I resigned from my job yesterday.
Yes – we are in the middle of a recession. Yes – it was on paper a good job. Yes – I need to pay bills.
And I also know that it was a good decision. As soon as I sent the letter, a backpack of burdens fell off my back. I didn’t know how heavy it was until it fell off.
In To Bless the Space Between Us, the poet John O’Donohue speaks to new beginnings in a fresh way, a way that I have never considered:
"In out-of-the-way places of the heart, Where your thoughts never think to wander, This beginning has been quietly forming, Waiting until you were ready to emerge. For a long time it has watched your desire, Feeling the emptiness growing inside you, Noticing how you willed yourself on, Still unable to leave what you had outgrown. It watched you play with the seduction of safety And the gray promises that sameness whispered, Heard the waves of turmoil rise and relent, Wondered would you always live like this. Then the delight, when your courage kindled, And out you stepped onto new ground...."
I first read the poem over a month ago and the words on playing with the “seduction of safety and the gray promises that sameness whispered…” began going through my mind on repeat. This was me. I knew I had outgrown this organization a long time ago, but I’m a sticker if nothing else. I never quit, even when perhaps I should.
So I stuck, and I gossiped and I whined and – well you get the picture. It has not been pretty nor has it been healthy. Writing and submitting my letter of resignation is an act of faith and an acknowledgement that leaving this position is an important step forward.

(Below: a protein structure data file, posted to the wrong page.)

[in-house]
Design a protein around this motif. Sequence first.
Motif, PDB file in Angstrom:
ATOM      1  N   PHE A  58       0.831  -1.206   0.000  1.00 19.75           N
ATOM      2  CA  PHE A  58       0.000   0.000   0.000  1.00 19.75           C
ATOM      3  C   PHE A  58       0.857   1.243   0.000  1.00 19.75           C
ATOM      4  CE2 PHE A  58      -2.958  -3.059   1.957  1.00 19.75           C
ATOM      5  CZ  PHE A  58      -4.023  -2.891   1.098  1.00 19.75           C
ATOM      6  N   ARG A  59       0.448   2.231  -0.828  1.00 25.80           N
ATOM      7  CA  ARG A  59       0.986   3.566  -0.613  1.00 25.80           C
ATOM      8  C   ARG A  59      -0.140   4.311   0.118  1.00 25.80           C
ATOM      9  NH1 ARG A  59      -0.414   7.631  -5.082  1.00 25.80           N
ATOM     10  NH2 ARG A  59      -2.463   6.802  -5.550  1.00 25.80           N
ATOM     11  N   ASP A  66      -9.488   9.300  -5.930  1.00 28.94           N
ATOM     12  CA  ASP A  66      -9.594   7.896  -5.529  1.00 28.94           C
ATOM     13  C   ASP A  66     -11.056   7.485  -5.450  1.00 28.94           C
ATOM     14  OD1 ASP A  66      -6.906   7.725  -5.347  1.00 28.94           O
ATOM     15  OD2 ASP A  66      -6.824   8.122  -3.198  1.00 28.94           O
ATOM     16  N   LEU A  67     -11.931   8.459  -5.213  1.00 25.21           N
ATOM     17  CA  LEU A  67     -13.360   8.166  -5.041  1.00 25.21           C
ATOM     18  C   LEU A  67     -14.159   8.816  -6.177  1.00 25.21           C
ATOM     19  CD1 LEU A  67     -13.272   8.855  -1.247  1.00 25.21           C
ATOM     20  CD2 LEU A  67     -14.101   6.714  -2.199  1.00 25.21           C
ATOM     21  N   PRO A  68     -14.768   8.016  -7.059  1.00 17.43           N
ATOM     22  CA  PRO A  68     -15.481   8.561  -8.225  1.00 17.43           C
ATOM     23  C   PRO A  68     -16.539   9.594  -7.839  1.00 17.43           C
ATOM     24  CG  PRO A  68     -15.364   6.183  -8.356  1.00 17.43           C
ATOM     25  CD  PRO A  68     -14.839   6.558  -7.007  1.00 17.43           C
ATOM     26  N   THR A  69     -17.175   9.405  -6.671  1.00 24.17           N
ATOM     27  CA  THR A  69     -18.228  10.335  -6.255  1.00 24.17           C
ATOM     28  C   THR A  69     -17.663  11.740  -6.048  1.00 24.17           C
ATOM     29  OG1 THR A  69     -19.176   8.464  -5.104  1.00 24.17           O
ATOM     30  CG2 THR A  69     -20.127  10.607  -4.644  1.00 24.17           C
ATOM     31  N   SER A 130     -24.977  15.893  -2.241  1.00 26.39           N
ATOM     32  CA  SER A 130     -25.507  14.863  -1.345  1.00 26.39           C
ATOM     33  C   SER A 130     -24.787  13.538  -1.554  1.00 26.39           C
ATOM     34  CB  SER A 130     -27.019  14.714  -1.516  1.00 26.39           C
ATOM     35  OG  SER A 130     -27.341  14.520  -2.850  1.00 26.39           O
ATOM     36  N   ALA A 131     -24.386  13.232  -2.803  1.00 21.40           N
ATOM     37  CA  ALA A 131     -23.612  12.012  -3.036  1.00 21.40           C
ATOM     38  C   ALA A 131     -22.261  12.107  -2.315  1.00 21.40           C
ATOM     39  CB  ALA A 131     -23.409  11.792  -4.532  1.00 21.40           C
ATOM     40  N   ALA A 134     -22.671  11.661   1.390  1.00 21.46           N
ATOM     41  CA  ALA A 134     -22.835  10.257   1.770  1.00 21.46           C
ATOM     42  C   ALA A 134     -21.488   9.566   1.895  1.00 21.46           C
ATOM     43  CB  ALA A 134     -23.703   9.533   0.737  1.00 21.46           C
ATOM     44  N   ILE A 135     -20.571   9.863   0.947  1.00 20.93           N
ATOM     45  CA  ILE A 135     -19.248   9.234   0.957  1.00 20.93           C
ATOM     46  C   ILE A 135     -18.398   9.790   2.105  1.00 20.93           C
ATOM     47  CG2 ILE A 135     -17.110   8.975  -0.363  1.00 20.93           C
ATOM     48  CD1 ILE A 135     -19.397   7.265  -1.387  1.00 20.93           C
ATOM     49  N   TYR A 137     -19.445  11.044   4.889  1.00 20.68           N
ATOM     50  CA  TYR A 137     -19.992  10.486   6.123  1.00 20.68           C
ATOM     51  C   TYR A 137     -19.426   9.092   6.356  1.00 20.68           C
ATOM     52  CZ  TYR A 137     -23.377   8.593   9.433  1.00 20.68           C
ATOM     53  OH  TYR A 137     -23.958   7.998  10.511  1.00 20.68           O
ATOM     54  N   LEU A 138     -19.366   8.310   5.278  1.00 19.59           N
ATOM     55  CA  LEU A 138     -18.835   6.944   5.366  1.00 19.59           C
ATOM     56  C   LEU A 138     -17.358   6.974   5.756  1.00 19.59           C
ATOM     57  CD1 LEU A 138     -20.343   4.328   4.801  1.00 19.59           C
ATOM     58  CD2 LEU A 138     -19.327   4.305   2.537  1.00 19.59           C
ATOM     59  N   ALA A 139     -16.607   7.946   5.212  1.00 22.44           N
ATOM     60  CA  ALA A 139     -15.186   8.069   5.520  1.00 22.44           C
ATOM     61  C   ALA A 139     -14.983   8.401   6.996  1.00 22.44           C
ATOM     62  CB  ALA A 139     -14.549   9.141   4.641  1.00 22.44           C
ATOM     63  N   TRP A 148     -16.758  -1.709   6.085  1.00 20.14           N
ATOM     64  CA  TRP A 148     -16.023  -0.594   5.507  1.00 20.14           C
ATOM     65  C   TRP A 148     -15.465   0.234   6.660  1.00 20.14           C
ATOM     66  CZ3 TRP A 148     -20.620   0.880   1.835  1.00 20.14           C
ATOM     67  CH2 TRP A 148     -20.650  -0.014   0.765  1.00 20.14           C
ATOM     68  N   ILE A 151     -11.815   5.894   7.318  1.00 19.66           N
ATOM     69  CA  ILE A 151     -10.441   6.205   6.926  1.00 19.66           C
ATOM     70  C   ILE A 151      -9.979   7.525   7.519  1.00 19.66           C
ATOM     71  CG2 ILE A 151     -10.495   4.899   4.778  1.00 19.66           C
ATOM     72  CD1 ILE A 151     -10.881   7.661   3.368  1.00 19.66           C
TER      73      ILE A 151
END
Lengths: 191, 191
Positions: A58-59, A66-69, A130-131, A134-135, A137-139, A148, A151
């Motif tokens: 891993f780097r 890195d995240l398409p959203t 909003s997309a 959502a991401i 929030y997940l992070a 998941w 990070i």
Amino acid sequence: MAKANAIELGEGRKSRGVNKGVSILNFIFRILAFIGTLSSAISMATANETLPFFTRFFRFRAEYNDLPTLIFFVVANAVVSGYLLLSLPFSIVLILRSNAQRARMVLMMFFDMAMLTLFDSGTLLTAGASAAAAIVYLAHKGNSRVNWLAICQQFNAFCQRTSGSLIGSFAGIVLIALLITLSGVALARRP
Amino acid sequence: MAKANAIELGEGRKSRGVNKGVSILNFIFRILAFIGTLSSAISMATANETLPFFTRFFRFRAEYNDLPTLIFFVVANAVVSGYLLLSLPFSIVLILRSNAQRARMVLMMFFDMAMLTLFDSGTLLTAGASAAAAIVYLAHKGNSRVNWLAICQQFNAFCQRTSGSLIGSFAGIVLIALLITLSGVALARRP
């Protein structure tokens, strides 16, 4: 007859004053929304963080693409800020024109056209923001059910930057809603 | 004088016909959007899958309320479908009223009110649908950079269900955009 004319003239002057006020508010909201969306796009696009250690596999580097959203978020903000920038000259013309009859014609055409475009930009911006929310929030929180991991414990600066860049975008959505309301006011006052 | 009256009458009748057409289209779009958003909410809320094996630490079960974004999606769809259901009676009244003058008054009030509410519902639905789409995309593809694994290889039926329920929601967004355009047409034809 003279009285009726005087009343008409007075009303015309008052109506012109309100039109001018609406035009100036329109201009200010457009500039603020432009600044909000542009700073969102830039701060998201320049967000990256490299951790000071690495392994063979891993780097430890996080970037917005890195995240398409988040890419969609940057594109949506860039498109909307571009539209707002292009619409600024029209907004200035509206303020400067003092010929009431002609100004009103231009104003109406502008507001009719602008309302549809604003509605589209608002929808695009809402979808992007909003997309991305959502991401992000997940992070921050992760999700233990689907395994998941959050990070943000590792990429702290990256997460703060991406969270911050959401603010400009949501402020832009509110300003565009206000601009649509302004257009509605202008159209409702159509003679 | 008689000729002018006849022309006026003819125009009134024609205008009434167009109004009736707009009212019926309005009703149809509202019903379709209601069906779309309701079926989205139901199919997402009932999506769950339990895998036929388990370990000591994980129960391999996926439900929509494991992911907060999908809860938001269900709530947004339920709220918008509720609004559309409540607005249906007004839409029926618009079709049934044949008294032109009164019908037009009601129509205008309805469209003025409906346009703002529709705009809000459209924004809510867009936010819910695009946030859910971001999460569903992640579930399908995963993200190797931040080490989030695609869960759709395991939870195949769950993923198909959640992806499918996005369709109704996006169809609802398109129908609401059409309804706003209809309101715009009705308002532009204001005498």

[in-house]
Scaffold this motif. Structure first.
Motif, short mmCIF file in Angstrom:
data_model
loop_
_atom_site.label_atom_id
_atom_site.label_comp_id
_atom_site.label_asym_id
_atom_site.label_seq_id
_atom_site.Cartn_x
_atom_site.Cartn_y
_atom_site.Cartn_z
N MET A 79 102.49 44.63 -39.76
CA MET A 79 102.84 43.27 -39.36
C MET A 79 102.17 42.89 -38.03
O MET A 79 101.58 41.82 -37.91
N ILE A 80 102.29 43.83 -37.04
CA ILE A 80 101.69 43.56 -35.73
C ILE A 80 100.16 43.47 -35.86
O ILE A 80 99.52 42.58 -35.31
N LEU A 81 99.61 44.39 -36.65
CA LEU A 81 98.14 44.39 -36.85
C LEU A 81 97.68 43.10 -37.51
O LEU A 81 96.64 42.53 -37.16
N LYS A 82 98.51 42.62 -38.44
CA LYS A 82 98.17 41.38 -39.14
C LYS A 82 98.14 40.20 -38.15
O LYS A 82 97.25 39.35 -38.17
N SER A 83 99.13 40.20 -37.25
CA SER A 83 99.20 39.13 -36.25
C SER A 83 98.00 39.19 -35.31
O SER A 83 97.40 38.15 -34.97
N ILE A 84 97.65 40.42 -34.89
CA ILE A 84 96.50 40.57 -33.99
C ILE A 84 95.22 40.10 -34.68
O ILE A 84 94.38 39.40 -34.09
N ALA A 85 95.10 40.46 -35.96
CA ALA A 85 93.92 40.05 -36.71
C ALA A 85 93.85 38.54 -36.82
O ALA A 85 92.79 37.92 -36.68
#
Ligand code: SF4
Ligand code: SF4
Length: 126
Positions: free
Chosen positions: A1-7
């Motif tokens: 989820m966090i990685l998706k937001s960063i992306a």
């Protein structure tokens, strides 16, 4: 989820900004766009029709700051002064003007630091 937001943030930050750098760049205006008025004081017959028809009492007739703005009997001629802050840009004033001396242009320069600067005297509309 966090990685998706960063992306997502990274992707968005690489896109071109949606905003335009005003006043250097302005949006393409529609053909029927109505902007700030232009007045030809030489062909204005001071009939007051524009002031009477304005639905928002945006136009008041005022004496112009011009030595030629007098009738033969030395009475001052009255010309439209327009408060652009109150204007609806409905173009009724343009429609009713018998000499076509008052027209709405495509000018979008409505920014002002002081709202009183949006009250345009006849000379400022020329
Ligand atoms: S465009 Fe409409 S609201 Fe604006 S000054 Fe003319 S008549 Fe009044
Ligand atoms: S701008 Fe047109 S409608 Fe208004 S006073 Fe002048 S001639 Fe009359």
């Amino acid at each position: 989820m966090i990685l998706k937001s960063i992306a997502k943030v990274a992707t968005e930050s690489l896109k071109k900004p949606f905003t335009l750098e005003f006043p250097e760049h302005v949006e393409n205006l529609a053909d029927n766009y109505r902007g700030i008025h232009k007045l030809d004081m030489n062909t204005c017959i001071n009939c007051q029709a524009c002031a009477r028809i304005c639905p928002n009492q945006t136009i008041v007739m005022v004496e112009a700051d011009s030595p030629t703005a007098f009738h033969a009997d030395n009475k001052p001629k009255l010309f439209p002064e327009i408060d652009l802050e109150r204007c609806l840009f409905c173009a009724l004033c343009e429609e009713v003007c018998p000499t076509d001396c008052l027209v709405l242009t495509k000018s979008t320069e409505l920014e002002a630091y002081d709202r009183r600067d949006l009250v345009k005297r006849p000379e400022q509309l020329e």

When I first began writing publicly, I relayed a poignant story that Sheila Walsh told of her son wanting to leave home at the tender age of six. Evidently he set out with his backpack and jacket, heading toward a pond near home. She, wanting to allow freedom but aware of his young age, kept a watchful eye from a window where she could ensure safety as well as give him his independence. After a short time he was back at the door, offering no explanation other than a six-year-old going on sixteen response of “It’s good to be home!”
Later that night as she was tucking him in, she brought up the adventure and asked him about it. His response was matter of fact “I would have gone farther but my backpack was too heavy.”
As I listened to her, I was overwhelmed by the truth in this retelling of the story and a child’s simple comment. The times that I would go farther except my backpack is too heavy – the things I carry too weighty.
I love the story and I love the visual picture.
My resignation is my way of shedding the load that is keeping me back, an active way of saying “I can go farther without this heavy backpack.” With it, I step into a new place and I accept what comes.
There will be growing pains, of course. There will be times of fear and some self accusation. But right now, there is so much delight, there is peace, and there is so much grace.
Here’s to entering the “grace of new beginnings.”
You can read the entire poem here.